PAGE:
Yeah, I admit it. I was a CB (citizen band radio) junky in the 70s and early 80s! We had a home base unit and a mobile unit in every car in the family and all our friends did, too! I worked at GE in Brockport on the second shift for years. We’d all get on our CBs and talk all the way home – about a 30 minute drive, depending on traffic and weather. It was nice – like having a bunch of people in the car with you on a long, tiring drive home after midnight!
The “handles” in my opening paragraph belong to me (Shortstuff), Mom (Lady Luck), and my Dad (Candy Man). Funny thing – my Dad’s name was Charlie and his CB handle was Candy Man and, in CB lingo, both Charlie and Candy Man refer to the FCC! (I think he actually took the handle from the Sammy Davis Jr song Candy Man) 🙂 I don’t remember a lot of my friend’s handles – my brother was Muddog….I had a friend that went by Sparkplug (Sparkie)…..and my boyfriend, at the time, didn’t have a CB but we referred to him by his nickname – Beefy!
The problem with talking on a CB, though, was that nothing was private! Anyone tuned to that channel could listen in on your conversation and, if they never chimed in, you may never know they heard you! Sandbaggers, we called them – people who sat quietly and just listened in on other people’s conversations! That could prove risky! Case in point – I remember one night in the late-70s I left work at midnight, met up with some friends at the Barge Inn for whatever the special was that night (most likely either 3 OV splits for $1 or 3 shots of schnapps for $1 or 3 Miller ponies for $1……get the picture?), went to the Brockport Diner for breakfast and coffee after, and headed home about 3:00 or 4:00 am…..or so! I was on the CB chatting with the others that had been out with me and on their way home, as well. I told my friends, “I need to watch the pavement, I have a local smokey on my tail and I can’t afford to feed the bears” (translation: I need to drive carefully cause I have a town cop behind me and I don’t want a ticket). I then turned up the street that my grandparents lived on to jog around through town in hopes he wouldn’t follow me, but he did! So, I pulled in to my grandparents driveway and turned the car off. The cop drove right by – probably figuring I was home and off the road. I then told my friends what I did and that I was going to sit there a couple of minutes and then head on home once I felt the coast was clear! Well, the next response I heard was a voice I didn’t recognize that said “Watch it, this bear has ears” (translation: the cop that was following me had been sandbagging our conversation – OMG!). I made it home without a ticket, but I was much more careful about what I said on my CB after that! 🙂 I had my CB on while driving on a trip, once, and overheard some truckers talking about a woman in a mini-van full of kids weaving in and out around the trucks on the interstate – passing them, cutting in front of them, etc – they were just ahead of me – she passed me, too. They said they needed to “contain the kool-aid mom in the four-wheeler cause she’s on a suicide mission”. Within minutes, there was an 18-wheeler in front of her, beside her, and behind her – boxing her in and they rode like that for miles!!! It probably irritated her that these truckers had the nerve to block her in, like that! But, they may very well have saved her and her kids from a potentially deadly situation the way she was flitting around those trucks driving at high speeds with tons of weight behind them!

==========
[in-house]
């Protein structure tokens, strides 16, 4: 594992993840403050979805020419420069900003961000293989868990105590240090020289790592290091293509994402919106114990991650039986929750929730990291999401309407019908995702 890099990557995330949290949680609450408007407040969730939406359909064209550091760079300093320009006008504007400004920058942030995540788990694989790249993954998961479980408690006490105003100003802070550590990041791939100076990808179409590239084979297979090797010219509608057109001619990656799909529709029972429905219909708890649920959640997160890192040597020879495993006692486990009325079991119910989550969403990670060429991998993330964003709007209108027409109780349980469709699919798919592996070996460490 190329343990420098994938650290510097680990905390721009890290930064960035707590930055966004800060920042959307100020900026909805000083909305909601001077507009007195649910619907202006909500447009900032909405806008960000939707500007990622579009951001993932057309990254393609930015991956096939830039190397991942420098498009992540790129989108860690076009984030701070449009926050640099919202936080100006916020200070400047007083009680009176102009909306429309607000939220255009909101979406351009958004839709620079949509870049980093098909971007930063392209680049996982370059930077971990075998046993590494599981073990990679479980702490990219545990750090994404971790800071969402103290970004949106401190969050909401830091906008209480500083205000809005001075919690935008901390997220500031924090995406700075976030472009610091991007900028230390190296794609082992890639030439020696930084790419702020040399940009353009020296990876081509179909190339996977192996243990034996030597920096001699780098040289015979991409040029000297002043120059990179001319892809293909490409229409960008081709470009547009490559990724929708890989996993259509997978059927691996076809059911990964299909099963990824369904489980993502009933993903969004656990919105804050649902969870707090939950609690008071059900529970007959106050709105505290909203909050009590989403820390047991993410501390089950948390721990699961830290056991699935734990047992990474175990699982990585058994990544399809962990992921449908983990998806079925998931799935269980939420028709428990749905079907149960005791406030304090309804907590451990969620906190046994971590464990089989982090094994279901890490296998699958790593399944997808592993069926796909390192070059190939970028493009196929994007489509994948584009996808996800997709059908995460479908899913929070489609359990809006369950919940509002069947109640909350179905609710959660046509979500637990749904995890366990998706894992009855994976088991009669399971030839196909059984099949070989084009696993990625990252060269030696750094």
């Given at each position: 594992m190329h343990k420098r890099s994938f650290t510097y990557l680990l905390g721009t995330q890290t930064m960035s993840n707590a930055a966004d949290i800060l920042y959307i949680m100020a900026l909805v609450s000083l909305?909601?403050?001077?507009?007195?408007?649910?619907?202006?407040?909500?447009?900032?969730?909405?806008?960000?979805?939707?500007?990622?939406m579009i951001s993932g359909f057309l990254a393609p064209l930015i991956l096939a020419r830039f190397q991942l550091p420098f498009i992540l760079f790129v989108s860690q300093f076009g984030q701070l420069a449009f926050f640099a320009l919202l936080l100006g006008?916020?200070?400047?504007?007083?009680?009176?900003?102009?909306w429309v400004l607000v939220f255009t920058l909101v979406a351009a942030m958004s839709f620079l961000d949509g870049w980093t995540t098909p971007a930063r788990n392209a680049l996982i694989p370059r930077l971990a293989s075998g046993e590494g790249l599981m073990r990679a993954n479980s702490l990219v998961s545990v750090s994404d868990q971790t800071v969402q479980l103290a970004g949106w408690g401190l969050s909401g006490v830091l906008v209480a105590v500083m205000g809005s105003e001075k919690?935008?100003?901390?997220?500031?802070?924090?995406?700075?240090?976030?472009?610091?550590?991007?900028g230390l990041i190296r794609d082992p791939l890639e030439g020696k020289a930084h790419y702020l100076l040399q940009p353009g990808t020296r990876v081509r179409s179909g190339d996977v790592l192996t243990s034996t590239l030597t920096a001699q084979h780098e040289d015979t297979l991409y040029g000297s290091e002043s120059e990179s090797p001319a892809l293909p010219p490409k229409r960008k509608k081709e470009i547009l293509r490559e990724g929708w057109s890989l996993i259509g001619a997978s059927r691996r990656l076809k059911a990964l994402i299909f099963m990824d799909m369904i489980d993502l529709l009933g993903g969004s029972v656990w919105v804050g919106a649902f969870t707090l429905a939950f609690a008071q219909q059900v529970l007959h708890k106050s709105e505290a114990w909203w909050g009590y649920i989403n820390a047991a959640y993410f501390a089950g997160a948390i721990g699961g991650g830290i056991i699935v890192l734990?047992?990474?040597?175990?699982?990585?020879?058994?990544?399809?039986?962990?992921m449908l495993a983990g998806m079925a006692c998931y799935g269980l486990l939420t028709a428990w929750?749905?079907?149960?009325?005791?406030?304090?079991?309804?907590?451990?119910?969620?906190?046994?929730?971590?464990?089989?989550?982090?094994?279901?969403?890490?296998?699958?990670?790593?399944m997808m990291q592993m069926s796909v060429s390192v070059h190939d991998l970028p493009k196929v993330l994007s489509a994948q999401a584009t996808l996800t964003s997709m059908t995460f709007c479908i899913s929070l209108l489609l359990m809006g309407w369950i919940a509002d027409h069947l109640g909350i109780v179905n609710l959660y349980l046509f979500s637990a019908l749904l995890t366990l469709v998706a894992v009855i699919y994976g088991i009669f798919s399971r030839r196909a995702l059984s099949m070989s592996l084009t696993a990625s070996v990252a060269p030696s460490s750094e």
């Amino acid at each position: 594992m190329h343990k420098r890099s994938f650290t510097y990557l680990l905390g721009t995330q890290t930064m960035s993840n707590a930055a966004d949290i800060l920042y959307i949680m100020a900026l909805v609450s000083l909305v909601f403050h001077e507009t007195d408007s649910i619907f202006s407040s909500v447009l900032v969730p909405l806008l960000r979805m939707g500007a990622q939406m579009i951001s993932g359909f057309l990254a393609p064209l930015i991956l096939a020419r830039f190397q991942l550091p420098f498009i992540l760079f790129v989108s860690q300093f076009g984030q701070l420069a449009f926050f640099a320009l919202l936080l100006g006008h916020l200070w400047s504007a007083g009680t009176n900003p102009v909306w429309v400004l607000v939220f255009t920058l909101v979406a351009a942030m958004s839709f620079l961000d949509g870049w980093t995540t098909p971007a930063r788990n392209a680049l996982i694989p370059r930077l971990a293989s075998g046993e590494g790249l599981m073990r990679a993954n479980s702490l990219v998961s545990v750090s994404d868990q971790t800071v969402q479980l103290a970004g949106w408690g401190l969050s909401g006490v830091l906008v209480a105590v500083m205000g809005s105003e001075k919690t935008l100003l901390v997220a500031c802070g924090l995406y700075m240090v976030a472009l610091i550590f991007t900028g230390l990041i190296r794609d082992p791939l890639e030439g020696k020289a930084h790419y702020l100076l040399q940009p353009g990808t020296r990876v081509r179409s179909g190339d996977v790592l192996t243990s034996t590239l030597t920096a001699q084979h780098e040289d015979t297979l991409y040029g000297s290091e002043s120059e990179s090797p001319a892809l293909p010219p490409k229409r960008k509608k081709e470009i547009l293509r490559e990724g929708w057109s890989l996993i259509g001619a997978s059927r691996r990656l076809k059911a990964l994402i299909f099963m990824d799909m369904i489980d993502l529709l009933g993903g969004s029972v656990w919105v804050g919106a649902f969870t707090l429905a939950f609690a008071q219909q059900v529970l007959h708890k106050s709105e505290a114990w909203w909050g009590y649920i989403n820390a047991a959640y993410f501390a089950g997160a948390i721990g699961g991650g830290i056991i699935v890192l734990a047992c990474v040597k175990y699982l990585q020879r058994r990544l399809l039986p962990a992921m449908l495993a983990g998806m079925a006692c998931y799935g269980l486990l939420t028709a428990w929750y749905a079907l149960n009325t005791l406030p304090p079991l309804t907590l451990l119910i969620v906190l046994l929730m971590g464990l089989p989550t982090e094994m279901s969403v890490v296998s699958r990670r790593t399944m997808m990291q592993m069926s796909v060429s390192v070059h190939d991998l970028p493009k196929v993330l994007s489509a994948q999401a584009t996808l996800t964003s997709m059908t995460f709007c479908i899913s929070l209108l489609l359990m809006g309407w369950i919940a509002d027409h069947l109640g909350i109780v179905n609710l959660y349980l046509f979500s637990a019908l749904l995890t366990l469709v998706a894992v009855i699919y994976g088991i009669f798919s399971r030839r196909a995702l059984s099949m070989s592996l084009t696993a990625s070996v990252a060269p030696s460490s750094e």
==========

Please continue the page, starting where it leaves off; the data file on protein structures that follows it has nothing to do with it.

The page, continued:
CBs were very popular in the 70s and a little into the 80s. There were several movies made about truckers and CBs (Convoy, Smokey and the Bandit – and multiple sequels, etc.) and TONS of trucking related songs. And the lingo took on a life of its own! It was a whole separate language of 10-codes and phrases that were usually longer to say than just saying what they meant in the first place! They were meant to only make sense to truckers, but so many people had CBs and watched the movies and listened to the songs, that it wasn’t such a secret language anymore! 🙂 But, it did help me have a lot of fun with truckers when I was a shipping/receiving supervisor and saw several truckers on a daily basis!
So, I’ll close with this classic trucker song…….enjoy!
(Translation for opening paragraph: Permission to speak on channel 19. My handle is Shortsuff and I just left work. I’m driving carefully, avoiding a ticket, and keeping my speed at 55 mph. Is there anyone out there listening, but not talking? Mom – where are you? Charlie – are you on your CB? There are no cops or obstacles along the way. I made it home. Talk to you on the return trip. Drive safe. I’m signing off.)